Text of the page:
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Bas-Relief Sculpting


Bas-relief, pronounced bah-relief and also known as low-relief, originally stems from Italian phrase bass-relievo. Essentially this is a sculpture that is always projecting from its surrounding surface. The projection is subtle, and the modeled form is never undercut. Bas-relief is just one type of many in this style. It’s worth pointing out that we see this art form in everyday life, like on the coins we use for currency such as quarters and pennies etc. Other styles such as mid-relief and high-relief provide for different expressions. More specifically, bas-relief is also a sculpting technique where you work on a panel of clay (amongst other materials), sculpting to raise the figures or designs above the surface. Today we will begin with bas-relief, as it is a great introduction for any beginner interested in relief sculpting. Created by carving away material such as wood, stone, ivory, jade, etc. or adding material to the smooth surface of clay, we can choose our material to fit our desired artwork. 


The Ascension with Christ giving the keys to St Peter, Donatello 1428


According to, we are essentially sculpting onto a 2D plane to create and accentuate figures and objects, producing a 3D appearance which can be viewed from all angles with little distortion. Alternatively, material can also be carved from a 2D plane, a technique called Graffito. The prominent figures that have been carved into or added to the surface remain fairly shallow. If the subject appears to be more than halfway raised from its background, this is classed as high-relief. So remember, shallow means low-relief, and anything more than halfway raised is high-relief. Interestingly enough, bas-reliefs are some of the first artistic creations by man that have been discovered. These early works are often found treated with colours to further accentuate the relief, and found on walls of caves. These are called Petroglyphs. Ancient Egyptians and Assyrians were next to adopt this style of work in their stone buildings and pyramids, leading to an influence in Greek and Roman buildings such as the Parthenon frieze which adorns the upper part of the Parthenon’s naos and features relief sculptures of Poseidon, Apollo, and Artemis.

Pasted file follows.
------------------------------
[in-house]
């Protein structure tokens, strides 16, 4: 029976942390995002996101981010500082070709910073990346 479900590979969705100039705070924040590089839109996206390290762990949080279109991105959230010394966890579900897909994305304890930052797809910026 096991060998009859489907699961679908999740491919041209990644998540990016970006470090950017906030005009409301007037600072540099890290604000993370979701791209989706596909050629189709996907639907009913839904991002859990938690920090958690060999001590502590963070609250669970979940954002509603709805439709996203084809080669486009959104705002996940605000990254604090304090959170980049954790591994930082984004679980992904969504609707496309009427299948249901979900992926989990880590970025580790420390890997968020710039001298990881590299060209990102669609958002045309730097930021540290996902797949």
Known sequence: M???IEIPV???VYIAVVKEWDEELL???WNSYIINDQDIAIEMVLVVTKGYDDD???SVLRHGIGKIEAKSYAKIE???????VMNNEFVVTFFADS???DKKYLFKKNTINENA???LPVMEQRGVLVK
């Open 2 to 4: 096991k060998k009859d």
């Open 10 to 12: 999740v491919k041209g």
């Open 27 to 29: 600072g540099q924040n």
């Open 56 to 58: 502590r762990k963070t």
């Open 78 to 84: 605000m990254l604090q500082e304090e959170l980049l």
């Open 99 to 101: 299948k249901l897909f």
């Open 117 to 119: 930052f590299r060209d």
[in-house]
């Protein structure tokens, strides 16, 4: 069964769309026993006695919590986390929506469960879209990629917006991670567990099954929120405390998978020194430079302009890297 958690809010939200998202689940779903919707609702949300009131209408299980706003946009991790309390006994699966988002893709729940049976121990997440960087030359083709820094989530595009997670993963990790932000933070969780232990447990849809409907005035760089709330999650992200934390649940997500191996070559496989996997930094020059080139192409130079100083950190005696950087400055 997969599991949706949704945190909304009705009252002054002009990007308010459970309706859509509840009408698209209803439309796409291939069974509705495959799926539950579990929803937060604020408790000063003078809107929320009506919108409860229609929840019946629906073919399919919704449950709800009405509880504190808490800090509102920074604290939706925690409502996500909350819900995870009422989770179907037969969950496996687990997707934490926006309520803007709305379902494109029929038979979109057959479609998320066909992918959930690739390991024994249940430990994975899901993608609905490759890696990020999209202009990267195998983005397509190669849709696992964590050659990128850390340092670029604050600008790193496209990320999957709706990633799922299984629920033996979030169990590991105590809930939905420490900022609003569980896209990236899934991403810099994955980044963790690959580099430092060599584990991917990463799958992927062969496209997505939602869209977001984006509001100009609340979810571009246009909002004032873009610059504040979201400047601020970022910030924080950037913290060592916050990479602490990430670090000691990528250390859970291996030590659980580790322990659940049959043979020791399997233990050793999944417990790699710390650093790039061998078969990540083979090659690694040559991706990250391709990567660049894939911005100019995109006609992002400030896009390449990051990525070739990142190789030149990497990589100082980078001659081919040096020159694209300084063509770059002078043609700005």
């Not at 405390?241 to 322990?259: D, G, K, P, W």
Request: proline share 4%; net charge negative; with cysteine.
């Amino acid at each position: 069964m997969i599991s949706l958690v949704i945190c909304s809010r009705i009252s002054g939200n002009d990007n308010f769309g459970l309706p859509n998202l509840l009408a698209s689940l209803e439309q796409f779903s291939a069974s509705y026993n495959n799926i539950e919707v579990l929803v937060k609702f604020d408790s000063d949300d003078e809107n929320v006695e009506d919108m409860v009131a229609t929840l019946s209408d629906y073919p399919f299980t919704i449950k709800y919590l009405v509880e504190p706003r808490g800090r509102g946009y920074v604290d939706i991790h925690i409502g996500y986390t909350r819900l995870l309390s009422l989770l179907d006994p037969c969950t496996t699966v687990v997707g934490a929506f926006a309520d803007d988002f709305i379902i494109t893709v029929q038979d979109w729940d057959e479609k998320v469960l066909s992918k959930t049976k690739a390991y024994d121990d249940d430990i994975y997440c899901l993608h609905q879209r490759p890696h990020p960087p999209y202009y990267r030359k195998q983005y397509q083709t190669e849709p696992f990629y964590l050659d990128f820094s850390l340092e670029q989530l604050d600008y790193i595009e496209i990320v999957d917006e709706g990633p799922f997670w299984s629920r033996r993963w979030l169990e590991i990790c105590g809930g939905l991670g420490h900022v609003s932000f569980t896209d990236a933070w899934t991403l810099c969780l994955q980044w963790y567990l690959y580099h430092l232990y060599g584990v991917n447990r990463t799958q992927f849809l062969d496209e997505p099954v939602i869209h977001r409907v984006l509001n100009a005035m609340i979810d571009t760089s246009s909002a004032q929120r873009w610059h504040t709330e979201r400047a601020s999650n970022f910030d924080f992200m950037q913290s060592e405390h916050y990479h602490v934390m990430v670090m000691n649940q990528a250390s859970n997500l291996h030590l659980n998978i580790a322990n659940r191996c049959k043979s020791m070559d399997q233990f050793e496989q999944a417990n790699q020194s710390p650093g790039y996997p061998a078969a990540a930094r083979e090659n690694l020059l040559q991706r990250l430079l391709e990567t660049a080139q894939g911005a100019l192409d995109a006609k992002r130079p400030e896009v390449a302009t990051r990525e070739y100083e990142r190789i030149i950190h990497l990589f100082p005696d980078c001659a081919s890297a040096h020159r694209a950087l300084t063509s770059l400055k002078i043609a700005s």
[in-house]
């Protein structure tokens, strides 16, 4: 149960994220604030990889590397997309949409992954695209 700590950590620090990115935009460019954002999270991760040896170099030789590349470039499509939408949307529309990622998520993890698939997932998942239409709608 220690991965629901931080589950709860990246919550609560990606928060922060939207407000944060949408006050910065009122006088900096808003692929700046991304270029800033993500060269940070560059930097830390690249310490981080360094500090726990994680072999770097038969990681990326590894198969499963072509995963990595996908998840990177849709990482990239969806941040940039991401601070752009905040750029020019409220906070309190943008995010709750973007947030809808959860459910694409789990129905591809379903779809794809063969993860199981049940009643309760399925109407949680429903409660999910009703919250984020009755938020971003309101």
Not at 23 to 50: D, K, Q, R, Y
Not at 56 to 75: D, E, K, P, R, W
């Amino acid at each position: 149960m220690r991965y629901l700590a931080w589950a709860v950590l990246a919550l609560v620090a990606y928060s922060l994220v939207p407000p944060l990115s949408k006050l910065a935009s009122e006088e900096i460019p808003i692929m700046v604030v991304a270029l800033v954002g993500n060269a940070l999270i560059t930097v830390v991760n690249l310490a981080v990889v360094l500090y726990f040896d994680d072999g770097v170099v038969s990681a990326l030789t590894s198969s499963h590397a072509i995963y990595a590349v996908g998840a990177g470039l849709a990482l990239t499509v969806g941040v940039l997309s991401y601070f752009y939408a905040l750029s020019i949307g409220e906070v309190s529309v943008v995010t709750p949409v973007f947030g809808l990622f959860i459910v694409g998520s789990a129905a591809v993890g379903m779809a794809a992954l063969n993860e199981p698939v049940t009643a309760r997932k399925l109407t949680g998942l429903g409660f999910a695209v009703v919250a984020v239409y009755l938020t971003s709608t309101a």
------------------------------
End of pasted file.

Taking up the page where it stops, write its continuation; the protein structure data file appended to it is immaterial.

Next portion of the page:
Battle Of Centaurs, Michelangelo


During Medieval times, ranging from 5th to the 15th century, the popularity of bas relief continued to thrive. Perhaps its success was due in part to the fact that it had quite a specific agenda, being that it was used to celebrate the lives of important religious events and figures. Religion at this time was a constant statement in art, making it no surprise that this sculpting technique became popular in churches. Romanesque houses of worship were the cornerstone for bas-relief displays, allowing this celebration of religious events and figures. According to, This was one of the first moves into Western culture and allowed bas-relief to flourish before becoming a staple in luxury design. During the 14th to the 17th centuries, also known as The Renaissance period, we saw the Great Masters beginning to adopt bas-relief. Legends like Donatello and Michelangelo made some incredible pieces like The Battle Of Centaurs and Madonna and Child. Donatello for example, combined his work with high-relief to create his unique perspective. Michelangelo made the Battle Of Centaurs under the commission of Lorenzo de' Medici. Medici was a statesman of the time, and supports the notion that religious figures should be celebrated and was part of the nation’s agenda.